All of what I have written is most relevant to “religious” Jews who base their understanding of Jewish observance on Halacha, Jewish law. That is the mainstream of traditional Judaism. There are orthodox Jews who feel that the Judaism practiced by reform Jews, who don’t centralize Jewish law in their conception of Judaism, are practicing an inauthentic form of Judaism.

    They’re free to their opinion, and me to mine, and Don P. to his, however uninformed it may be.

  8. 8
    lucia says:

    It teaches people to suppress their faculties of reason and conscience

    I grew up Roman Catholic, but my best friend in high school was a conservative Jew. Because we lived in different towns, we spent weekends, and I went to her religious classes from time to time. As far as I could tell, students were not taught to suppress their faculties of reason and conscience when studying the Torah.

    Obviously, this is just one personal experience. But, I can say, different religions have very different approaches to the relation between reason and religion! You can’t assume religion always surpresses reason for the sake of faith.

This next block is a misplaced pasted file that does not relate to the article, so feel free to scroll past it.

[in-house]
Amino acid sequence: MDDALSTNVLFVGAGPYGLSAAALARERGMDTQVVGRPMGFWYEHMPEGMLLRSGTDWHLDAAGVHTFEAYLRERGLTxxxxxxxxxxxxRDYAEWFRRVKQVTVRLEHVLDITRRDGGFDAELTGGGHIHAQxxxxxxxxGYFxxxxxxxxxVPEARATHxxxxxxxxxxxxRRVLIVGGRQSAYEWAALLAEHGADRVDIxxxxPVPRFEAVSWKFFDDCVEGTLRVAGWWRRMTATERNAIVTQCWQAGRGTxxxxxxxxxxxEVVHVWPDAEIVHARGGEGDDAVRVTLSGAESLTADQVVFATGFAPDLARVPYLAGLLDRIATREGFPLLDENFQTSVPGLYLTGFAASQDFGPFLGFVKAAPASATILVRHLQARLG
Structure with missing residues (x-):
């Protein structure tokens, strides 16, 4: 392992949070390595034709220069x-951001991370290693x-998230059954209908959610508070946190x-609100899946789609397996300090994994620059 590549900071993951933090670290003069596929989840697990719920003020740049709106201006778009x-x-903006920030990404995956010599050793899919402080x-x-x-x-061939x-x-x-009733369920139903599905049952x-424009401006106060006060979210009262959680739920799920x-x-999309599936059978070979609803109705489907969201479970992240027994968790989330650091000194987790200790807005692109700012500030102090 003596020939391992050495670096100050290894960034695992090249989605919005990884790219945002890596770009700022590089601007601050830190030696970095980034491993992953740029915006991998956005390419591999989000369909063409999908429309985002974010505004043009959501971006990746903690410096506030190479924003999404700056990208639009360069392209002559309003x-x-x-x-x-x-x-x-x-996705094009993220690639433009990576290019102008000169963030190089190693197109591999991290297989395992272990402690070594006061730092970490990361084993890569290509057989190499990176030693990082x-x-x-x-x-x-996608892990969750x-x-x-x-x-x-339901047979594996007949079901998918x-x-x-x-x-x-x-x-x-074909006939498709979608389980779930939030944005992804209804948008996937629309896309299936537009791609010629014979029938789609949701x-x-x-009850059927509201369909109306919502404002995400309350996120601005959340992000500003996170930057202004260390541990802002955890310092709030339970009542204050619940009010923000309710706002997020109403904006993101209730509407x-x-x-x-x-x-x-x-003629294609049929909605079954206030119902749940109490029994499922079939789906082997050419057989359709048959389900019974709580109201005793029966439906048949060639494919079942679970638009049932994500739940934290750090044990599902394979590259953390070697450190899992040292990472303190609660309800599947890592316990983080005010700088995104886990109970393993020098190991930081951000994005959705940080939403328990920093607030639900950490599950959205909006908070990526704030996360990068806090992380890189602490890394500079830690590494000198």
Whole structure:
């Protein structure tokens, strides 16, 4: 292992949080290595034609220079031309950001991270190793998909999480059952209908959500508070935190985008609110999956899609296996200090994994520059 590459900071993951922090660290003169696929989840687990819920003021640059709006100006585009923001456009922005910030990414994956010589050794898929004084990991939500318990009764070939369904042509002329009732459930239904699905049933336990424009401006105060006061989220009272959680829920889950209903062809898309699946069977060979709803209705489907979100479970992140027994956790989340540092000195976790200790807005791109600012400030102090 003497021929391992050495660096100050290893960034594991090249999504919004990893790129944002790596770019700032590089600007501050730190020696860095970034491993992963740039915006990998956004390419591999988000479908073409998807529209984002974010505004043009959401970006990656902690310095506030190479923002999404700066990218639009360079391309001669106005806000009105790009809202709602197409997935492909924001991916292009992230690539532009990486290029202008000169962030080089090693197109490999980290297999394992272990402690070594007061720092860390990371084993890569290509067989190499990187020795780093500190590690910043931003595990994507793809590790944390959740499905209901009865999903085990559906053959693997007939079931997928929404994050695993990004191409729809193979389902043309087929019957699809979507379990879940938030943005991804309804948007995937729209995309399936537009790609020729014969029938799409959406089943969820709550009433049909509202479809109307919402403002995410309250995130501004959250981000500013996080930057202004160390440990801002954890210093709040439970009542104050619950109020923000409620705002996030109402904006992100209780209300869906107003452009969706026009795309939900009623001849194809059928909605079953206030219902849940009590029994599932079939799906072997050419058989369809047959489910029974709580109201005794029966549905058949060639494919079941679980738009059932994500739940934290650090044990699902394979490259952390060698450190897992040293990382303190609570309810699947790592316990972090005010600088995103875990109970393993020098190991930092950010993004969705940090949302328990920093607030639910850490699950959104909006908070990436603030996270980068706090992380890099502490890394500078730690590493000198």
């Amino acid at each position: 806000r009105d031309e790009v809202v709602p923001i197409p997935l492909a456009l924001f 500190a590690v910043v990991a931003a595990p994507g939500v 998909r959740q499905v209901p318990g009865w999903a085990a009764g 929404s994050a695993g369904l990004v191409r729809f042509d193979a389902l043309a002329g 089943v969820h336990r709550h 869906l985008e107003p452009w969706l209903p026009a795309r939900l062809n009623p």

9. 9
    tim gueguen says:

    No doubt some racist twit someplace will look at that poll and shout “See! We told you the Jews are conspiring to destroy the Christian family!”

  10. 10
    Lauren says:

    I have been told that it is written (somewhere – don’t remember where) that the soul doesn’t enter the body until the head is crowned during birth. So there’s no reason for abortion to be wrong – it hasn’t got a soul yet.
    Is that true?

  11. 11
    pseu says:

    The thing about Judaism as a religion that drew me to it was that even within the framework of “faith” there is still a lot questioning and argument about the actual meanings of passages and words in the Torah and other religious texts. It’s not about blind adherence to some literal application of something written thousands of years ago. When one studies Torah, they also study “midrash” or commentary by rabbis throughout the ages who very often disagree about the meanings of various passages.